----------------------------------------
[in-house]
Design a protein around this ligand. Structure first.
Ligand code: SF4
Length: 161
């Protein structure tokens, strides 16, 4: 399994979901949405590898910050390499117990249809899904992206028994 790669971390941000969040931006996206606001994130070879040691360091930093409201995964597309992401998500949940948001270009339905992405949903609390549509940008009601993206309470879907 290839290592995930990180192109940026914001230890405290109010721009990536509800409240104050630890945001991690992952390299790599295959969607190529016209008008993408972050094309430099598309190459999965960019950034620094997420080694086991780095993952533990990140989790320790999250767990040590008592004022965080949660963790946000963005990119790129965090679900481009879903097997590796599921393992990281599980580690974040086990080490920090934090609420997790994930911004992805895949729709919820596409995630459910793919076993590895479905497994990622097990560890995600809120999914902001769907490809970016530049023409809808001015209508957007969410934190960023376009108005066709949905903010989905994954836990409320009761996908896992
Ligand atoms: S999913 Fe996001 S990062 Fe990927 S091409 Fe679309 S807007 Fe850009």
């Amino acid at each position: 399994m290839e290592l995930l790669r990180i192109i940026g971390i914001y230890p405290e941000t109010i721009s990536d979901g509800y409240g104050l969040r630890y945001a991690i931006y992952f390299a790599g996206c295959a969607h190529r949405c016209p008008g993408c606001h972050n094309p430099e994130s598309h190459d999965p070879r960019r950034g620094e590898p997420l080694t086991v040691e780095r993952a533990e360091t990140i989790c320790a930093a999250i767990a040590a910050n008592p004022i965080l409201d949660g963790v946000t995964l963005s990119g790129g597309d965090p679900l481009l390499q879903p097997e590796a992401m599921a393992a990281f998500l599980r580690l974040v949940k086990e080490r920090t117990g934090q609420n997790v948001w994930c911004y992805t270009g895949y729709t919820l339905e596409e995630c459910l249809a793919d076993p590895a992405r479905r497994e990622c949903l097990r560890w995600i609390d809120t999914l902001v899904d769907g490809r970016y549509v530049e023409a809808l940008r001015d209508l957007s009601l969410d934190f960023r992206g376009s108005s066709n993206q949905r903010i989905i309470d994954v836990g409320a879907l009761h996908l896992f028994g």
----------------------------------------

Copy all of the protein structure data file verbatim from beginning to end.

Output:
[in-house]
Design a protein around this ligand. Structure first.
Ligand code: SF4
Length: 161
């Protein structure tokens, strides 16, 4: 399994979901949405590898910050390499117990249809899904992206028994 790669971390941000969040931006996206606001994130070879040691360091930093409201995964597309992401998500949940948001270009339905992405949903609390549509940008009601993206309470879907 290839290592995930990180192109940026914001230890405290109010721009990536509800409240104050630890945001991690992952390299790599295959969607190529016209008008993408972050094309430099598309190459999965960019950034620094997420080694086991780095993952533990990140989790320790999250767990040590008592004022965080949660963790946000963005990119790129965090679900481009879903097997590796599921393992990281599980580690974040086990080490920090934090609420997790994930911004992805895949729709919820596409995630459910793919076993590895479905497994990622097990560890995600809120999914902001769907490809970016530049023409809808001015209508957007969410934190960023376009108005066709949905903010989905994954836990409320009761996908896992
Ligand atoms: S999913 Fe996001 S990062 Fe990927 S091409 Fe679309 S807007 Fe850009």
């Amino acid at each position: 399994m290839e290592l995930l790669r990180i192109i940026g971390i914001y230890p405290e941000t109010i721009s990536d979901g509800y409240g104050l969040r630890y945001a991690i931006y992952f390299a790599g996206c295959a969607h190529r949405c016209p008008g993408c606001h972050n094309p430099e994130s598309h190459d999965p070879r960019r950034g620094e590898p997420l080694t086991v040691e780095r993952a533990e360091t990140i989790c320790a930093a999250i767990a040590a910050n008592p004022i965080l409201d949660g963790v946000t995964l963005s990119g790129g597309d965090p679900l481009l390499q879903p097997e590796a992401m599921a393992a990281f998500l599980r580690l974040v949940k086990e080490r920090t117990g934090q609420n997790v948001w994930c911004y992805t270009g895949y729709t919820l339905e596409e995630c459910l249809a793919d076993p590895a992405r479905r497994e990622c949903l097990r560890w995600i609390d809120t999914l902001v899904d769907g490809r970016y549509v530049e023409a809808l940008r001015d209508l957007s009601l969410d934190f960023r992206g376009s108005s066709n993206q949905r903010i989905i309470d994954v836990g409320a879907l009761h996908l896992f028994g």